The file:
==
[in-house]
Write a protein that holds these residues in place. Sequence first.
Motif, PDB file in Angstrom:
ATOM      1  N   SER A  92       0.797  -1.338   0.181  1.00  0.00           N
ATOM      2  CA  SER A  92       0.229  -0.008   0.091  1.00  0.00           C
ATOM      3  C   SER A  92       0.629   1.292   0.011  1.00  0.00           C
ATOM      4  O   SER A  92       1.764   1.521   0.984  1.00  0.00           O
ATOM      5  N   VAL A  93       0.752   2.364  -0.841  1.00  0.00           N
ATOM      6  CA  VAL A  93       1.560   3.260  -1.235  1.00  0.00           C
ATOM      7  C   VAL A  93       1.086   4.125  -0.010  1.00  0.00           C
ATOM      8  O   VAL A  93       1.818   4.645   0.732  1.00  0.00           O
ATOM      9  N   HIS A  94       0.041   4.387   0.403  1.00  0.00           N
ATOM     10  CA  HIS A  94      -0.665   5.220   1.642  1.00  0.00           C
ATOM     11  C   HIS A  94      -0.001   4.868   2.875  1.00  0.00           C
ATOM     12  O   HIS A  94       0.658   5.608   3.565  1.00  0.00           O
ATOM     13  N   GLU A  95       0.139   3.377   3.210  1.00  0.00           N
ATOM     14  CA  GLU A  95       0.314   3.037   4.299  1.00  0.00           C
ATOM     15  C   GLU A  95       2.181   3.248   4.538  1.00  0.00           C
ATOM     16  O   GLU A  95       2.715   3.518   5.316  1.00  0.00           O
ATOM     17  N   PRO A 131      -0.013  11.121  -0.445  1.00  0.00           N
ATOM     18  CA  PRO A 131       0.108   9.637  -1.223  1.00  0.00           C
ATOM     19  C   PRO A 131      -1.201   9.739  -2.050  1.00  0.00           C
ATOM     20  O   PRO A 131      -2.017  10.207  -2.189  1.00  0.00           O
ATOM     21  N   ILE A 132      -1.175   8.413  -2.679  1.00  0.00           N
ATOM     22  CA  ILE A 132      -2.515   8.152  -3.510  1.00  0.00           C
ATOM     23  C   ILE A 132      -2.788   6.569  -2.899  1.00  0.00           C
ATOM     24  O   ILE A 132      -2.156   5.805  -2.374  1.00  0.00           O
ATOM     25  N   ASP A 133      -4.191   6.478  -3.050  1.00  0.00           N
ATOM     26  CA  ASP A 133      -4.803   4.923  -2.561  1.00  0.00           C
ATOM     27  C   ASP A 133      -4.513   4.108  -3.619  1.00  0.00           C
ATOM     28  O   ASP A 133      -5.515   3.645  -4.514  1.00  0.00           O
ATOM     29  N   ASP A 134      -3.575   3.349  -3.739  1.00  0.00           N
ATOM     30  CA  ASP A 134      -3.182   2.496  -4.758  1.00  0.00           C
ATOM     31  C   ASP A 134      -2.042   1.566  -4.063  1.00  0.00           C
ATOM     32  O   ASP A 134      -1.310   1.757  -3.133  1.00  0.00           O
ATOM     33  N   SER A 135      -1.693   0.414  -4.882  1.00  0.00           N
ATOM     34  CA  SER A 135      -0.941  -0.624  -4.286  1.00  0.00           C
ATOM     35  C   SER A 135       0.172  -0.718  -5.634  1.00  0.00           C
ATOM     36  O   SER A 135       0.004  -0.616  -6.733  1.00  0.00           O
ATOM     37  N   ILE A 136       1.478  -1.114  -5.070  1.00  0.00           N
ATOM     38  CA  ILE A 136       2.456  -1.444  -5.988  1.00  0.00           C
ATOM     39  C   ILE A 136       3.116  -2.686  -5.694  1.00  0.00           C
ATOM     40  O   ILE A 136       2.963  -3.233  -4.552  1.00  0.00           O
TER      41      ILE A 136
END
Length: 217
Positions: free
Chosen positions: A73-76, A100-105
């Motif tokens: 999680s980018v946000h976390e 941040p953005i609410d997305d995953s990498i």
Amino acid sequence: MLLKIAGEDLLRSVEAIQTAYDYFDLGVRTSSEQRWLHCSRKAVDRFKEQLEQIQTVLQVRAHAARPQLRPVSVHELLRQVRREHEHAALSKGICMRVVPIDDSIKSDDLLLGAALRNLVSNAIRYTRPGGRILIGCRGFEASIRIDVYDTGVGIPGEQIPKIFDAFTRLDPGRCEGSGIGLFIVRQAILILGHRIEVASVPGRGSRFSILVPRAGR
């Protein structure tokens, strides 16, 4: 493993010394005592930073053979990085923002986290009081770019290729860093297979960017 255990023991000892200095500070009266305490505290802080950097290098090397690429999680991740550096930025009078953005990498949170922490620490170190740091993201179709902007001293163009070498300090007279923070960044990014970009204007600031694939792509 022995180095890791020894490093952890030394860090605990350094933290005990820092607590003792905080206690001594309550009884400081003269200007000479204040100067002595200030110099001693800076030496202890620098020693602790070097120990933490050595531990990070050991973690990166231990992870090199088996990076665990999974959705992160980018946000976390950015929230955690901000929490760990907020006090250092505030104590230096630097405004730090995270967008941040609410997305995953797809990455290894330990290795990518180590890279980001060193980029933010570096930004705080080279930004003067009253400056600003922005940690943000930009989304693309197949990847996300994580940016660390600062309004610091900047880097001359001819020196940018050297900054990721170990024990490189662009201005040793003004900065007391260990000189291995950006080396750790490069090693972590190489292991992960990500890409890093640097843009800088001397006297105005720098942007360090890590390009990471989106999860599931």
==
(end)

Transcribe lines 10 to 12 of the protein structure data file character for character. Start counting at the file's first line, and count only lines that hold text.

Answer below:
ATOM      7  C   VAL A  93       1.086   4.125  -0.010  1.00  0.00           C
ATOM      8  O   VAL A  93       1.818   4.645   0.732  1.00  0.00           O
ATOM      9  N   HIS A  94       0.041   4.387   0.403  1.00  0.00           N